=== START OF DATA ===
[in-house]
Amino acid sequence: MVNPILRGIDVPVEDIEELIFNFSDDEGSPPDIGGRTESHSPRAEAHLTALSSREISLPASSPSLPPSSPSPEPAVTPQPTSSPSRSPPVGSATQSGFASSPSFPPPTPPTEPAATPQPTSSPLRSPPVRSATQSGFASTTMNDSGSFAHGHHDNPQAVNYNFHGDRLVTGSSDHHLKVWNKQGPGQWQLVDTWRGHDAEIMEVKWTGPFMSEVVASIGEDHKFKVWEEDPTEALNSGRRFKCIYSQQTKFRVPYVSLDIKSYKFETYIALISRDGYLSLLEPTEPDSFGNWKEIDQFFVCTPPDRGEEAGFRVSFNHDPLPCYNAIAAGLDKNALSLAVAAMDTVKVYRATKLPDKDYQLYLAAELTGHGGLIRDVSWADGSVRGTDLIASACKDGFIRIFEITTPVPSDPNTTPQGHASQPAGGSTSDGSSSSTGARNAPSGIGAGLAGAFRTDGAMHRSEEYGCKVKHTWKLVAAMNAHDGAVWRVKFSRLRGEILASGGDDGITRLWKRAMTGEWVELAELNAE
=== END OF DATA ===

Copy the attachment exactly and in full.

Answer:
[in-house]
Amino acid sequence: MVNPILRGIDVPVEDIEELIFNFSDDEGSPPDIGGRTESHSPRAEAHLTALSSREISLPASSPSLPPSSPSPEPAVTPQPTSSPSRSPPVGSATQSGFASSPSFPPPTPPTEPAATPQPTSSPLRSPPVRSATQSGFASTTMNDSGSFAHGHHDNPQAVNYNFHGDRLVTGSSDHHLKVWNKQGPGQWQLVDTWRGHDAEIMEVKWTGPFMSEVVASIGEDHKFKVWEEDPTEALNSGRRFKCIYSQQTKFRVPYVSLDIKSYKFETYIALISRDGYLSLLEPTEPDSFGNWKEIDQFFVCTPPDRGEEAGFRVSFNHDPLPCYNAIAAGLDKNALSLAVAAMDTVKVYRATKLPDKDYQLYLAAELTGHGGLIRDVSWADGSVRGTDLIASACKDGFIRIFEITTPVPSDPNTTPQGHASQPAGGSTSDGSSSSTGARNAPSGIGAGLAGAFRTDGAMHRSEEYGCKVKHTWKLVAAMNAHDGAVWRVKFSRLRGEILASGGDDGITRLWKRAMTGEWVELAELNAE